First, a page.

Danish taxes remain challenge to foreign managers

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Ketil Petersen is country head, Nordic Region at Schroders based in Copenhagen, where the international manager faces a particular tax problem – as it affects all international managers seeking to make headway into the local fund market.

Proportionately, funds are a key method of saving and investing. Data from Investeringsfondsbranchen, the Danish Investment Fund Association, suggests some 770,000 Danes are invested in locally listed fund shares, with some DKK1.3trn (€174bn) in assets. And they will have been encouraged by the average return of 36% seen from Danish equity funds in 2013.

However, as Petersen notes, other data points to a very low penetration rate of international Ucits: the gross flows from Finland are five times what they are from Denmark, he says. Tax policy remains a key issue in this respect, particularly in terms of reporting to Danish tax authorities.

The European Commission has opened a case against Denmark, because it sees this as a barrier to free trade.

“Experts expect change within the next couple of years and a government commission may look at this as part of
AIFMD,” Petersen explains.

Regulations are a ‘known unknown’; the challenge is trying to understand how they may impact the industry. For example, in Denmark a committee has been set up to consider regulatory changes on RDR, but it contains a lot of consumer representatives, Petersen says.


As in many places across Europe, the industry locally is attempting to calculate the impact of changes associated with RDR. Schroders sees two channels to the Nordic region; institutional and wholesale. But when RDR comes to the region it will impact ways products are distributed.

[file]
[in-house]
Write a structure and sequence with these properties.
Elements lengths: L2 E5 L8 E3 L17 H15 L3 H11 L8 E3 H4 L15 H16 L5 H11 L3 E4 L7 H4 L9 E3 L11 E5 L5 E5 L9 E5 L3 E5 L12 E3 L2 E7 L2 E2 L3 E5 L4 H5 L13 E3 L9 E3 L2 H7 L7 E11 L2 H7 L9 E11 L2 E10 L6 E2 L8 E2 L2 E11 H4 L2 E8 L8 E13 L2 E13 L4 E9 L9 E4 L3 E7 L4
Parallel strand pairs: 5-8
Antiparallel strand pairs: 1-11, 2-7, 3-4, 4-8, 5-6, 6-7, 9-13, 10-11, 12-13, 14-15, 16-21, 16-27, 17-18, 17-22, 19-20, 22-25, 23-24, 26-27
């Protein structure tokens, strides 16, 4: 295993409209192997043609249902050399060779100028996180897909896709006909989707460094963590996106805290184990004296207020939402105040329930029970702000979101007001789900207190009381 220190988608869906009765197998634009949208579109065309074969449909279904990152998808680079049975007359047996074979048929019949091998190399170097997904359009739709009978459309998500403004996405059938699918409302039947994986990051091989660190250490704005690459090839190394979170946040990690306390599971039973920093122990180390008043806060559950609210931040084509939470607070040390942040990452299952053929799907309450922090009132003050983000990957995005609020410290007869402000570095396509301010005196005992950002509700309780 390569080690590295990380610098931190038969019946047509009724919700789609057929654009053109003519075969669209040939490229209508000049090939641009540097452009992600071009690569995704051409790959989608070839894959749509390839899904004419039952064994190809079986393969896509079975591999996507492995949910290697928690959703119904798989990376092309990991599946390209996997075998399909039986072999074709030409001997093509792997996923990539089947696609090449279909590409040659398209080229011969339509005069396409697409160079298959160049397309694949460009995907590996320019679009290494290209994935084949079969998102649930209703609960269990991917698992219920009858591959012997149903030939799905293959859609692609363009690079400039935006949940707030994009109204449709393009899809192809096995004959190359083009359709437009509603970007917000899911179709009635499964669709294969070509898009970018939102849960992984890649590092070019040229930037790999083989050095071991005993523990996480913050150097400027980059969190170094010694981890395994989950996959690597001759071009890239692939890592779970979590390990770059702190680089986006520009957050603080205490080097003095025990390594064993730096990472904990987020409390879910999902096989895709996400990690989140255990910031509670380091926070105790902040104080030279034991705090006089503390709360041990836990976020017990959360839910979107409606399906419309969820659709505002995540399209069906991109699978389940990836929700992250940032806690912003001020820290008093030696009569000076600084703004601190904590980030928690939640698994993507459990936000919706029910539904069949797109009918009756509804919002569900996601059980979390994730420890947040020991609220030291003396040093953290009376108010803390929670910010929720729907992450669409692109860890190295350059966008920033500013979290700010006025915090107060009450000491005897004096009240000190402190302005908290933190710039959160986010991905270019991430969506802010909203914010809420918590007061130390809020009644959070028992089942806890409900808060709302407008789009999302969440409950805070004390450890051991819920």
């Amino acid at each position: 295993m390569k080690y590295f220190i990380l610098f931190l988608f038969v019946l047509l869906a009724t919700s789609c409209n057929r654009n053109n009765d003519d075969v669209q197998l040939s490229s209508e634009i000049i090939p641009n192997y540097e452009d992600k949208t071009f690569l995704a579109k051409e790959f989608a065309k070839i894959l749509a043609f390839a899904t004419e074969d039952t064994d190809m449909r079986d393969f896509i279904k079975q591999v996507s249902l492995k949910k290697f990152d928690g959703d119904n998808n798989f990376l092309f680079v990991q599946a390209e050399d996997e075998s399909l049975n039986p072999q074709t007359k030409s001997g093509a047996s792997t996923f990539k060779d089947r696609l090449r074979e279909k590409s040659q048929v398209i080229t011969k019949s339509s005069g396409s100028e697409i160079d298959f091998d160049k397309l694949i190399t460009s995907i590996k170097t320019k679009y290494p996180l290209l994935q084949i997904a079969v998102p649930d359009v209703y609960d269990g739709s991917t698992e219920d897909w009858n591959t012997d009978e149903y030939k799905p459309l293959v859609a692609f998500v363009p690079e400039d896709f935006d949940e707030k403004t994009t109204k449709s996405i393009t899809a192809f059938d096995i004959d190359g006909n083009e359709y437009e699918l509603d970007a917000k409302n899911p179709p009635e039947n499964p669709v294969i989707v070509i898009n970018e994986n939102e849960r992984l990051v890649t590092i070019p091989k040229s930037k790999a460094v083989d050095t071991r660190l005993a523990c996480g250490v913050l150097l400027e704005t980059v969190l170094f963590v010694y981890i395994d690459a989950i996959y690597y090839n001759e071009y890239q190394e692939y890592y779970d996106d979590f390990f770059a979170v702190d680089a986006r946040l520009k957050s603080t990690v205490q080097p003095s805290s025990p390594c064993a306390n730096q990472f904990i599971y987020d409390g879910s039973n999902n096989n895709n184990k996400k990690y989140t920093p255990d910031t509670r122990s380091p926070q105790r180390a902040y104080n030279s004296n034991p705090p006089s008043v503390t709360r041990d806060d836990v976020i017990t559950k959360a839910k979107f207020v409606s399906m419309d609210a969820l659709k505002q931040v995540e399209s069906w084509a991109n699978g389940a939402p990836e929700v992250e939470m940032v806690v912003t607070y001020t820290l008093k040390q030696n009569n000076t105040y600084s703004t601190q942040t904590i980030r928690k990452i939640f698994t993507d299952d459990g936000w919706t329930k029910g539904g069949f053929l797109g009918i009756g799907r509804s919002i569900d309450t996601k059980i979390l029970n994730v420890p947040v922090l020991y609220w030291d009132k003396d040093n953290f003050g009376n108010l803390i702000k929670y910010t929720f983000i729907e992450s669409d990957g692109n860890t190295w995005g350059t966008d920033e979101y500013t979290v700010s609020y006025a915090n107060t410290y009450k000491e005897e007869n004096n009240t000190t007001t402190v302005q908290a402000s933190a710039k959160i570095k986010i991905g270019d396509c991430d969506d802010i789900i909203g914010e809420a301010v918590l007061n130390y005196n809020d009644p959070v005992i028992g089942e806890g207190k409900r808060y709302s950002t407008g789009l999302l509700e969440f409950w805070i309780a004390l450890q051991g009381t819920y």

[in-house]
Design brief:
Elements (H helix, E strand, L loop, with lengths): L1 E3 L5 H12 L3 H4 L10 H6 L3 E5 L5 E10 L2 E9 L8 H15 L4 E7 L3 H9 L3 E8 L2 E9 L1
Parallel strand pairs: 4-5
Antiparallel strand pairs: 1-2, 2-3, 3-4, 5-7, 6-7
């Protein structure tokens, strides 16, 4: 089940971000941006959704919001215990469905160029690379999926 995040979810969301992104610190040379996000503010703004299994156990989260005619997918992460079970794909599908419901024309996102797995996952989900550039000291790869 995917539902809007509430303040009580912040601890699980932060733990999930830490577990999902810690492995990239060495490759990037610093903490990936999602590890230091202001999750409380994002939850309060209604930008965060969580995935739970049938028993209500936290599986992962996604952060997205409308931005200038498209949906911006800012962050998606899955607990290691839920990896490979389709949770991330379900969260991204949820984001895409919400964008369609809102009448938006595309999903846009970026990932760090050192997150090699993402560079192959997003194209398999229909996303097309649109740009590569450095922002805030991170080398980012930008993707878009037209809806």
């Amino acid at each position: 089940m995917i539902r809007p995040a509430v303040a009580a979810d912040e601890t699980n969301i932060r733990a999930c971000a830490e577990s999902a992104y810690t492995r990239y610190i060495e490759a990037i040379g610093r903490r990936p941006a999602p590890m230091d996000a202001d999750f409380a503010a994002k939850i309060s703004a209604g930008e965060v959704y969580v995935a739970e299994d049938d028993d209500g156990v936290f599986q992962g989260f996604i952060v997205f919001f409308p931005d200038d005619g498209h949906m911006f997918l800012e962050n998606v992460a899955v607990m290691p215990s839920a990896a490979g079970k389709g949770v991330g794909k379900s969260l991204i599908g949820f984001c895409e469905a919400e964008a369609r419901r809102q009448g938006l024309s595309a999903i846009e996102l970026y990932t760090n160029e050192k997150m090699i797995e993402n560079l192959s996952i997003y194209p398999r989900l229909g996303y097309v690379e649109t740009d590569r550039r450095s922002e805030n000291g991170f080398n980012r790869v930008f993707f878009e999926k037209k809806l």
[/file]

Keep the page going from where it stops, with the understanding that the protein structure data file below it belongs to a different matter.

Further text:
Petersen looks to the example of Benelux; where he sees moves by banks to sub-advise while retaining control over clients.

“Our expectations is that there will be more guided architecture and sub-advisory mandates available,” he says.


Looking around the region, Petersen notes that Norway could become an interesting fund market. Local investors are often heavily invested in property because of tax incentives, which requires political intervention to reverse.

Elsewise, Norway has traditionally been a defined benefit market, but is shifting towards defined contribution.

“The old DB system and life sector is challenged by new solvency requirements, which mean this is not efficient in terms of long term savings. People are looking elsewhere now. It is like 1998 in Denmark, when Skandia was first to come up with a DC solution.”

Sweden and Finland remain bigger markets for international funds from his perspective, while Schroders in the Nordic region overall had its second best year ever last year in terms of the intermediary market.

Looking ahead, Petersen suggests that the managers is looking to do more multi asset solutions business in the region.

“Most of the industry is focused on the accumulation phase. But there is a need to look more at decumulation, a need to look more at risk, age, and length of retirement,” he says.

“Clients should be looking more at outcomes, for example, a growth focus with limited downside.”

The income theme is another that Schroders is keen to bring to the Nordic region. Offering a target return of 5% annually has sold well in Italy and Asia.

In terms of absolute return Schroders has its GAIA alternatives platform based in Luxembourg. Other international managers are seeking to access this platform and distribution.

Fixed income remains a challenge for many clients because of the current environment of low yields and low interest rates.

“Flexible income and macro driven strategies are going to be the new normal in the years to come,” explains Petersen.


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